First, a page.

David Olsen (gee_tar) wrote,
David Olsen

The Quest

So I'm talking on my blog about a LARP called "The Quest" and, weirdly, I'm not talking about a game at Wesleyan, Pomfret, or one our other traditional sites with my friends. No, I'm talking about the latest reality television series on ABC...and it's terrible. Now, in my opinion, all reality shows are LARPs, but this one removes all doubt.

Full Disclosure: I tried out for "The Quest" when they had an open casting call a little over a year ago and even got a callback, but never heard anything since then. I'm actually rooting for it. I want it to succeed because 1) I think it might invigorate LARPing as a whole and 2) I want to get on the second season because it looks like a hell of a lot of fun. Unfortunately, I don't think it will finish its first season on broadcast television let alone get a second one (here's hoping I'm wrong).

Of course, the part that I enjoy about LARPing is that I'm, you know, doing it. Watching other people LARP can be fun...but usually isn't. And so now I'm stuck at home watching other people have an adventure I should be on and it's painful. Worse yet, it's boring. The whole thing is a mess from start to finish.

First, let's take the cast. The most important part of any reality show, whether it's the "Real Housewives," "Master Chefs," or anything else, is the cast and this one sucks. For some reason, the producers decided not to take any gamers. Or, if there are gamers on the cast, they sure don't talk about it. They also don't act like any of the gamers that I know (which, granted, is a very small segment of society, but still) so I'm going to out on a limb and say they didn't really cast any. So instead of taking people who spend their spare time creating and playing in imaginary worlds, they took a bunch of people who don't know the first thing about a dungeon crawl. Maybe the producers thought real LARPers (I know plenty tried out) might out-think them...frankly, a real possibility. But these guys are just way too passive to be interesting.

Next, let's talk about the structural problems the show has. For one thing, I don't know any of the rules. Now, it's not as important that I, the viewer, know the rules as it is for the contestants. Nevertheless, the viewers still should have a general idea of what's going on, otherwise they have no way of evaluating what the players are doing. This was the great failure of "The Million Second Quiz" last year and I think it'll be a contributing factor to my predicted downfall "The Quest."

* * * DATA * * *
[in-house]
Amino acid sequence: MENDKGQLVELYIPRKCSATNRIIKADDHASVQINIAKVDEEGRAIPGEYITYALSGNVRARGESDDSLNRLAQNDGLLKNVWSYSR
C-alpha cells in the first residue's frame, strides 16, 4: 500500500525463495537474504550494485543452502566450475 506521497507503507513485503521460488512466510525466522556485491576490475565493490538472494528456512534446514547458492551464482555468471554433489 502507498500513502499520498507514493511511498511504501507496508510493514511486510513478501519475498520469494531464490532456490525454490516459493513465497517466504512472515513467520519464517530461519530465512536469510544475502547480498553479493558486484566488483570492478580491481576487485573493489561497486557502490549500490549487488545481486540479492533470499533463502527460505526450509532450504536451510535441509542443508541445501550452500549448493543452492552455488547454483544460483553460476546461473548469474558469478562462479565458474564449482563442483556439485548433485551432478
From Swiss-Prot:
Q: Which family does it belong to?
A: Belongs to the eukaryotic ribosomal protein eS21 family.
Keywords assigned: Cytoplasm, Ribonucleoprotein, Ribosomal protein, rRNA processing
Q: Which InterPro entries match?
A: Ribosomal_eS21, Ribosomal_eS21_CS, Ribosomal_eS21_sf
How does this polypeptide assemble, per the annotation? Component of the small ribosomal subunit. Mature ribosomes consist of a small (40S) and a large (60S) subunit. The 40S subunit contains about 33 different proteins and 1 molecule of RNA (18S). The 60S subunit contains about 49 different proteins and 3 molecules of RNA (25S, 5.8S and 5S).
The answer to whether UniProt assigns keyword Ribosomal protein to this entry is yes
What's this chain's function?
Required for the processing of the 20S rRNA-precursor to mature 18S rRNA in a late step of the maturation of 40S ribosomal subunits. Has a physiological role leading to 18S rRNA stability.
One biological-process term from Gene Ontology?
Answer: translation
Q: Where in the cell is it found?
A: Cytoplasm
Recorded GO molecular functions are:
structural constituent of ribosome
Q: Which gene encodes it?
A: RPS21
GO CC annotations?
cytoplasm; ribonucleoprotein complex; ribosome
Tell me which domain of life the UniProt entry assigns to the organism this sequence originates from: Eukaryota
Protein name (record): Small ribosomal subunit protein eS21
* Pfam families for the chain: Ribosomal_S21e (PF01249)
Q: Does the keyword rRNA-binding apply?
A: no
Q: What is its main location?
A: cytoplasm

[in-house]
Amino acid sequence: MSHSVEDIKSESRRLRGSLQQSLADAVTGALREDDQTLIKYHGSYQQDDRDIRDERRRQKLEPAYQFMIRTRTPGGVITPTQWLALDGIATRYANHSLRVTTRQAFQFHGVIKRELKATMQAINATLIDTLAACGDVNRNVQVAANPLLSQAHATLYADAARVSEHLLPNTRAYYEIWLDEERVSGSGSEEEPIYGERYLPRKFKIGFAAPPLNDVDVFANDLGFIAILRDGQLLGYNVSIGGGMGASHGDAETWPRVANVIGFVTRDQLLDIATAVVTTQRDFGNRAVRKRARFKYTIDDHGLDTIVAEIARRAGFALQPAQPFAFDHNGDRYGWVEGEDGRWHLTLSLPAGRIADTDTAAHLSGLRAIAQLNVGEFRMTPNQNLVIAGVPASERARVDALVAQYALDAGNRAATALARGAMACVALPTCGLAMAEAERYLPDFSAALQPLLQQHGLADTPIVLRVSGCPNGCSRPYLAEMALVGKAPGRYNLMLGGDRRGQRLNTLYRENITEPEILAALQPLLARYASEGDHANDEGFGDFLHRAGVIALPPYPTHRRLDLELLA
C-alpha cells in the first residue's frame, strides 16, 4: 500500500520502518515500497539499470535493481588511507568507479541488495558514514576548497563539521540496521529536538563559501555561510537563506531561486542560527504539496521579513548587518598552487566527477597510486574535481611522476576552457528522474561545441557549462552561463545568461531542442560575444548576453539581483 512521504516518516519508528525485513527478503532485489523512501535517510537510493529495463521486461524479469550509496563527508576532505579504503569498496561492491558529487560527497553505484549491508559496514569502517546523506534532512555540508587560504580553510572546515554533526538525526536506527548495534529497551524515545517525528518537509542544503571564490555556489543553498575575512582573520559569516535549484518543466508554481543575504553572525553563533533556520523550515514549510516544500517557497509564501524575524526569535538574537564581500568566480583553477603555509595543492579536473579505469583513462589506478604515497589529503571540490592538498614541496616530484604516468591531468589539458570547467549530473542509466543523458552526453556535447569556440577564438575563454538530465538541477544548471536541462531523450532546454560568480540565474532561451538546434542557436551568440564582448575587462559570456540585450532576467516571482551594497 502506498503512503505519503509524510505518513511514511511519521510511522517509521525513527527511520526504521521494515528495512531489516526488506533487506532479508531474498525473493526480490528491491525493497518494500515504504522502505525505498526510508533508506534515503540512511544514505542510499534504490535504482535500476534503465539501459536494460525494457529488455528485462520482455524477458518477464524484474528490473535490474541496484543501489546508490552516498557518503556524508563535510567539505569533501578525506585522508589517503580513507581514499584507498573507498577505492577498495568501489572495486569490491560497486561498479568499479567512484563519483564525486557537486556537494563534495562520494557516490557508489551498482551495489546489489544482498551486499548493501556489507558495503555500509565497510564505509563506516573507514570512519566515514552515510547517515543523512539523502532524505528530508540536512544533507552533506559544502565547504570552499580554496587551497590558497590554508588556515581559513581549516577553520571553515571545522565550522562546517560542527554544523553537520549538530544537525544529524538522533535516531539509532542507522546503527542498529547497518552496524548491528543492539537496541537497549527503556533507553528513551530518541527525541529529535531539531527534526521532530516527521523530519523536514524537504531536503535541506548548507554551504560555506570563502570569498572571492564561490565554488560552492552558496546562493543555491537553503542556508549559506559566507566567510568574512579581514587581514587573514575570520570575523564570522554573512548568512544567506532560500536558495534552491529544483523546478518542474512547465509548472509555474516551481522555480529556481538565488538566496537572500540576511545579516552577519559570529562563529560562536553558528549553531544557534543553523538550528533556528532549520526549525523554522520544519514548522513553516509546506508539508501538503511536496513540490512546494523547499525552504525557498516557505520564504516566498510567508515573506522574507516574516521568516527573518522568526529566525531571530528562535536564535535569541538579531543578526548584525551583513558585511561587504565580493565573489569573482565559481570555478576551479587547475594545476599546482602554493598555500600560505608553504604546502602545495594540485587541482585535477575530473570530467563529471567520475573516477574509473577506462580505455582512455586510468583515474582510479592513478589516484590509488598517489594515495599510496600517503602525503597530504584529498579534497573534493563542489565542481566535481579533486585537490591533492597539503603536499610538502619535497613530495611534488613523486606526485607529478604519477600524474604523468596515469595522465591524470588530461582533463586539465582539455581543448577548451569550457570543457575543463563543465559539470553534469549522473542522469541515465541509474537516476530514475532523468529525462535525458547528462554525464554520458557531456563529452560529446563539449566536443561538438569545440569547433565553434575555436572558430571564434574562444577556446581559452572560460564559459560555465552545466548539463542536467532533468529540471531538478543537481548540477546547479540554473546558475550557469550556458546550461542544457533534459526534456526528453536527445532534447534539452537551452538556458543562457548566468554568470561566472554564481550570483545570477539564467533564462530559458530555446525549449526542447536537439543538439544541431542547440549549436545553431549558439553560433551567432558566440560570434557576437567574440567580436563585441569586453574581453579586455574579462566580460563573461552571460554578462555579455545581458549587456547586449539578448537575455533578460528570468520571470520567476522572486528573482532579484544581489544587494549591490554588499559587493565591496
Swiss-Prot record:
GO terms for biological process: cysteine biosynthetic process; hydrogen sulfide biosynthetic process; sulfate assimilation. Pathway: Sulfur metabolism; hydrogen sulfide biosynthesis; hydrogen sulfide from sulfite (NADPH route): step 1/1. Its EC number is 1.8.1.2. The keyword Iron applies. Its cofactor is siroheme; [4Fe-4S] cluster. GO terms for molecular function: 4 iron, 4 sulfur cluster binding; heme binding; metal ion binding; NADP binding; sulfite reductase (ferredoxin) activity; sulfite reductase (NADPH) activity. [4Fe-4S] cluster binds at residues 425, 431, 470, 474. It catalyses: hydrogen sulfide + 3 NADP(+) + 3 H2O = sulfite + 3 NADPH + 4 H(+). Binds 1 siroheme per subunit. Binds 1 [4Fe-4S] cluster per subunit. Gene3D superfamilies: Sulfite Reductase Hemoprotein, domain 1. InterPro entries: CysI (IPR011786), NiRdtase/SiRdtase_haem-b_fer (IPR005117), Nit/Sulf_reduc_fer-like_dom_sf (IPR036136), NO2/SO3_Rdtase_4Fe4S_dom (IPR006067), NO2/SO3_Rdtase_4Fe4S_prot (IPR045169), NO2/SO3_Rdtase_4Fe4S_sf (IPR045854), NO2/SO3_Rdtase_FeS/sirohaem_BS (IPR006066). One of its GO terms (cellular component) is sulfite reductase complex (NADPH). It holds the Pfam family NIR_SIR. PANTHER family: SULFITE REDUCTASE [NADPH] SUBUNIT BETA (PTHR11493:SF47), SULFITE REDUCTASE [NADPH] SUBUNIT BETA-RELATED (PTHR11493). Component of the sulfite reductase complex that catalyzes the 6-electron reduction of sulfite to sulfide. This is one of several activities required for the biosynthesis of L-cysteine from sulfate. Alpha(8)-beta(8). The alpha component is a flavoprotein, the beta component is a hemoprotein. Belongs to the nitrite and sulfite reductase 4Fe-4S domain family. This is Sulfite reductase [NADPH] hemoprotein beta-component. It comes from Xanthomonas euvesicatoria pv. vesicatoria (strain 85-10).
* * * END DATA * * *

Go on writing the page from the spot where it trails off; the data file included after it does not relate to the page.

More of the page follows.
As for the story...it's pretty blah. A big, evil, dark lord is threatening Ever Realm and it needs a brave hero to wield the magical sunspear or something. Not awful, but not very inspired either. I've been in worse games, but also many better ones. Still, staying true to the good ol' fashioned get the Maguffin to defeat the baddie isn't the worst idea they could have. The PCs are...themselves. Now I'll probably get disagreement from the Otherworlders, but I'm not a big fan of LARPs where there isn't any roleplaying per se. At least they have a sequence where they travel from this world to Ever Realm. A sequence with more exposition than anyone knows what to do with, but it's something, I guess.

The real issue I have is the method of elimination at the end. Going through your standard reality show challenge (firing ballistas at an army of straw men) wasn't so bad, but one member of the losing team is now in danger of being disintegrated or something. After discussing it, the other paladins (not the word I would have chosen, but it has some resonance with the twelve peers of Charlemagne so I won't give them too much grief for the nomenclature) then vote on who should stay. And this is the problem: the gaming incentives are directly opposed to the narrative. As a player, I want to eliminate my toughest competition, but that goes against the story where I want to keep the best paladin around to fight Mr. Evil Darklord. The result is that the show feels confused and it doesn't know what it wants to be: an epic battle where ordinary people face overwhelming odds or a more Survivoresque situation where alliances form to secure a contestant's position as winner. Either way is fine, but it can't be both.

Am I still going to watch it? You bet! Do I still want to be on it? Hell YEAH! The production values alone are nothing short of amazing! But I'm not looking forward to watching future episodes with any amount of excited anticipation.
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